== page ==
means for determining closed loop output responses of the look-ahead delta-sigma modulator for n**2** input samples using at least one set of determined state variables, wherein n**2** represents a number of input samples to anticipate quantizer overload of the look-ahead delta sigma modulator;

means for determining which closed loop output response has a lowest maximum absolute value closed loop output response; and

means for selecting an output of the look-ahead delta sigma modulator from the output candidate vector corresponding to the determined closed loop output response having the lowest maximum absolute value closed loop output response if overload of the look-ahead delta-sigma modulator is anticipated.

33. A method comprising:

substituting a gain stage for a quantizer in a look-ahead delta sigma modulator, wherein the look-ahead delta sigma modulator has a look-ahead depth of n**1** and n**1** is a positive integer greater than one;

providing a first input signal to the gain stage;

determining a feedback signal from the gain stage;

providing the feedback signal to a loop filter of the look-ahead delta sigma modulator;

providing a second input signal to the loop filter;

determining an output of the loop filter from a combination of the input signal and the feedback signal;

substituting the quantizer for the gain stage in the look-ahead delta sigma modulator; and

selecting a quantization output using the loop filter.

34. The method of claim 33 wherein substituting a gain state further comprises substituting a gain stage having a constant gain.

35. The method of claim 33 wherein providing a second input signal further comprises providing an audio input signal to the loop filter of the look-ahead delta sigma modulator.

36. The method of claim 33 further comprising:

recording the quantization output on storage media.

37. A signal processing system comprising:

a look-ahead delta sigma modulator, wherein the look-ahead delta sigma modulator has a look-ahead depth of n**1** and n**1** is a positive integer greater than one, the look-ahead delta sigma modulator comprising:

a loop filter to filter a combination of an input signal and a feedback signal;

a quantizer coupled to an output of the loop filter to select a quantization output using an output of the loop filter;

a gain stage coupled to the output of the loop filter to generate the feedback signal; and

a module to substitute the gain stage for the quantizer to allow the gain stage to receive an output signal from the loop filter and generate the feedback signal for the loop filter.

38. The signal processing system of claim 37 wherein the gain stage has a constant gain.

39. The signal processing system of claim 37 wherein the input signal is an audio input signal.

40. The signal processing system of claim 37 further comprising:

signal processing and recording equipment to process output data from the quantizer and record the processed output data on storage media.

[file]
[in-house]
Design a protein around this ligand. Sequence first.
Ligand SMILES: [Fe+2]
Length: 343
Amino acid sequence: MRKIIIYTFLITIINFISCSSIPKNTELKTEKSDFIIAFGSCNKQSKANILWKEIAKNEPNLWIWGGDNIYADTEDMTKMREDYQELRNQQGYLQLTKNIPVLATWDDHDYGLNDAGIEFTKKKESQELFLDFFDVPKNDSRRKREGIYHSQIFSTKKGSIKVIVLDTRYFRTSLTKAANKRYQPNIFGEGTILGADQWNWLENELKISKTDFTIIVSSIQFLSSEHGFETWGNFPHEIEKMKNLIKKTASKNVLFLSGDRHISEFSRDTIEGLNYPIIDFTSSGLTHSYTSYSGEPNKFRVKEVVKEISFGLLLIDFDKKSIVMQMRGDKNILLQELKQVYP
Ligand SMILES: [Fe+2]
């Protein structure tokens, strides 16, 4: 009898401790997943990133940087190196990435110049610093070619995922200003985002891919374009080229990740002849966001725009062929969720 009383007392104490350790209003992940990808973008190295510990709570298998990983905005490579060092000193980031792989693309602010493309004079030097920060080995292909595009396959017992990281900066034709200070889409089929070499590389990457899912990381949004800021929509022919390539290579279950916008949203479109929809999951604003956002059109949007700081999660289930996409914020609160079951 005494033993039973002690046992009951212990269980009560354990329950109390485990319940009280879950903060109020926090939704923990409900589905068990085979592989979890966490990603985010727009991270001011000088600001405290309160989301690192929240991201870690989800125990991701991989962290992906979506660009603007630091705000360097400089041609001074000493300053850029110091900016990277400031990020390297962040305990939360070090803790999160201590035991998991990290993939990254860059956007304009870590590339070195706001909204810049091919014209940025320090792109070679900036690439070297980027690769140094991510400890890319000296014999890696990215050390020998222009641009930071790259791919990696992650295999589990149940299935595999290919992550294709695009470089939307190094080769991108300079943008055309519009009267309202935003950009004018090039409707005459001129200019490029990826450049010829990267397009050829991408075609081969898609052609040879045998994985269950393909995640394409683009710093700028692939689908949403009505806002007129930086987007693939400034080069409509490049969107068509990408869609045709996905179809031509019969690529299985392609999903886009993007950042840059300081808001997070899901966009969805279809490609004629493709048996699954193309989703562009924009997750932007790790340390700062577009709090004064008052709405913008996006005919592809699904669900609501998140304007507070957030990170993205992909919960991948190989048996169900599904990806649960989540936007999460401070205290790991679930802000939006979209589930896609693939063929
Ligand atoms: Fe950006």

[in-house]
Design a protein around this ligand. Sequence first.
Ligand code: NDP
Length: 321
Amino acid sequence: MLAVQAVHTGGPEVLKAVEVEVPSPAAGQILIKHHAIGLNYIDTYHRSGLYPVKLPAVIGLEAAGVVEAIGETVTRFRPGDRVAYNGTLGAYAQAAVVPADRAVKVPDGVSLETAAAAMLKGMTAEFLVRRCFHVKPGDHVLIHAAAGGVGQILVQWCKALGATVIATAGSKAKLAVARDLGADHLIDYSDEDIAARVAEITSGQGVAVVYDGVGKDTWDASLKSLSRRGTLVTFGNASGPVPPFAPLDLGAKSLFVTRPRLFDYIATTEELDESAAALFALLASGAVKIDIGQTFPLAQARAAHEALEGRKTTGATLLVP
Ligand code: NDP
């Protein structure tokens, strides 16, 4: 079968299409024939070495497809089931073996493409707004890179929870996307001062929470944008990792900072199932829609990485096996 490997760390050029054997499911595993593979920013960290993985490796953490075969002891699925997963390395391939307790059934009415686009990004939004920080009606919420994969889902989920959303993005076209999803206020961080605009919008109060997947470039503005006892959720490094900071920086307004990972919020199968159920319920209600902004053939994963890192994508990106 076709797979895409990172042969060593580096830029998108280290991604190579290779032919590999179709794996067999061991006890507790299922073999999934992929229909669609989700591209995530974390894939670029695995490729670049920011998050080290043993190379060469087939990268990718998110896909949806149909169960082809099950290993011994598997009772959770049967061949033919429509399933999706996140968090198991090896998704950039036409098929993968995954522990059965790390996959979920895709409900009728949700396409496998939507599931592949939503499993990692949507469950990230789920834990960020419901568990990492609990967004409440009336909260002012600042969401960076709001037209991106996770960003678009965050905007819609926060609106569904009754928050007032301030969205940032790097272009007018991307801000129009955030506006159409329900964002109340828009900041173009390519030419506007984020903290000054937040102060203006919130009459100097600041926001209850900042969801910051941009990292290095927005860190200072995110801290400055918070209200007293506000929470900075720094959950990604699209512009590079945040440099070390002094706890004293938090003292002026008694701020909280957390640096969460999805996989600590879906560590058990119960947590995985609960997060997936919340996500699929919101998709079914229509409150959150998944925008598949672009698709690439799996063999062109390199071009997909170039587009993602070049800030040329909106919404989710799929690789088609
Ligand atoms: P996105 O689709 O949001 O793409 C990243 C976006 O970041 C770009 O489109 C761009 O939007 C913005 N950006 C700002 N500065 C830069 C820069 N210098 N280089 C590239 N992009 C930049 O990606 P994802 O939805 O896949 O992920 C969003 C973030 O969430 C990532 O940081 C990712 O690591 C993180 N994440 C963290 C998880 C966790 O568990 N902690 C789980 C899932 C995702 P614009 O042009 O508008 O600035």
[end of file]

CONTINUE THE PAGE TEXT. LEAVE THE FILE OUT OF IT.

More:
Description

This application claims the benefit under 35 U.S.C. § 119(e) of U.S. Provisional Application No. 60/588,951, filed Jul. 19, 2004 and entitled “Signal Processing Systems with Look-Ahead Delta-Sigma Modulators”. Provisional Application No. 60/588,951 includes exemplary systems and methods and is incorporated by reference in its entirety.

1. Field of the Invention

The present invention relates in general to the field of information processing, and more specifically to a system and method for protecting overload of look-ahead delta sigma modulators using overload anticipation technology.

2. Description of the Related Art

Many signal processing systems include delta sigma modulators to quantize an input signal into one or more bits. Delta sigma modulators trade-off increased noise in the form of quantization error in exchange for high sample rates and noise shaping. Delta-sigma modulators are particularly useful for modulating low frequency signal, such as audio signal, because delta-sigma modulators include a noise shaping loop filter that includes a noise transfer function (“NTF”) that modulates a significant amount of noise out of an audio signal baseband. An audio signal baseband is approximately zero (0) Hz to twenty-five (25) kHz. In-band noise decreases as oversampling of input signal sample x(n) increases. Higher order loop filters also decrease in-band noise. “Delta-sigma modulators” are also commonly referred to using other interchangeable terms such as “sigma-delta modulators”, “delta-sigma converters”, “sigma delta converters”, and “noise shapers”.

**100** that receives an input signal sample x(n), determines a difference between x(n) and the delayed output signal y(n−1), processes the difference signal with a noise shaping loop filter **102**, and quantizes the filter **102** output with quantizer **104** to provide output signal y(n). The quantizer **104** can provide multi-bit or one-bit quantization. The quantizer step size, A, represents the difference between each quantization level. One-bit quantizers have only two quantization levels specified as {−Δ/2, Δ/2} or {−1,1}. Shreier and Temes, Understanding Delta-Sigma Signal Converters, IEEE Press, 2005 describes conventional delta-sigma modulators in more detail.